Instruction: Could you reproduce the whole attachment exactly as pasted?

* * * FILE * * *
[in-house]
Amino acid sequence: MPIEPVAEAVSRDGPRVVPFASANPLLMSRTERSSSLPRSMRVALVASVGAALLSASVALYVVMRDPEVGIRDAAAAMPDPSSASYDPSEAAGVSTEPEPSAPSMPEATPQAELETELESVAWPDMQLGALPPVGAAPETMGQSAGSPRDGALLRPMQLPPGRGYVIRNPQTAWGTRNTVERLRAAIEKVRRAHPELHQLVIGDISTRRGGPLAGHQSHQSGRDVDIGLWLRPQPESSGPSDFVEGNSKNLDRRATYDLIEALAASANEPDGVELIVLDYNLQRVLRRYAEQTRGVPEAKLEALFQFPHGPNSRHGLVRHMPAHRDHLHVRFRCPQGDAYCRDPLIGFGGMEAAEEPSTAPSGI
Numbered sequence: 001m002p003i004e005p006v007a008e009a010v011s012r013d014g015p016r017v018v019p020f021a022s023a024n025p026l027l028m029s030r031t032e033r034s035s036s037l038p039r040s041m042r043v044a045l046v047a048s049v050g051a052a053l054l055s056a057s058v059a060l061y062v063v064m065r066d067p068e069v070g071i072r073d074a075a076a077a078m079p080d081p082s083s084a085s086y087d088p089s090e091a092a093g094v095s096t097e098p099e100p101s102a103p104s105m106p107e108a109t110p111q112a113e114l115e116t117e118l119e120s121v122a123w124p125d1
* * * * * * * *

[in-house]
Amino acid sequence: MPIEPVAEAVSRDGPRVVPFASANPLLMSRTERSSSLPRSMRVALVASVGAALLSASVALYVVMRDPEVGIRDAAAAMPDPSSASYDPSEAAGVSTEPEPSAPSMPEATPQAELETELESVAWPDMQLGALPPVGAAPETMGQSAGSPRDGALLRPMQLPPGRGYVIRNPQTAWGTRNTVERLRAAIEKVRRAHPELHQLVIGDISTRRGGPLAGHQSHQSGRDVDIGLWLRPQPESSGPSDFVEGNSKNLDRRATYDLIEALAASANEPDGVELIVLDYNLQRVLRRYAEQTRGVPEAKLEALFQFPHGPNSRHGLVRHMPAHRDHLHVRFRCPQGDAYCRDPLIGFGGMEAAEEPSTAPSGI
Numbered sequence: 001m002p003i004e005p006v007a008e009a010v011s012r013d014g015p016r017v018v019p020f021a022s023a024n025p026l027l028m029s030r031t032e033r034s035s036s037l038p039r040s041m042r043v044a045l046v047a048s049v050g051a052a053l054l055s056a057s058v059a060l061y062v063v064m065r066d067p068e069v070g071i072r073d074a075a076a077a078m079p080d081p082s083s084a085s086y087d088p089s090e091a092a093g094v095s096t097e098p099e100p101s102a103p104s105m106p107e108a109t110p111q112a113e114l115e116t117e118l119e120s121v122a123w124p125d1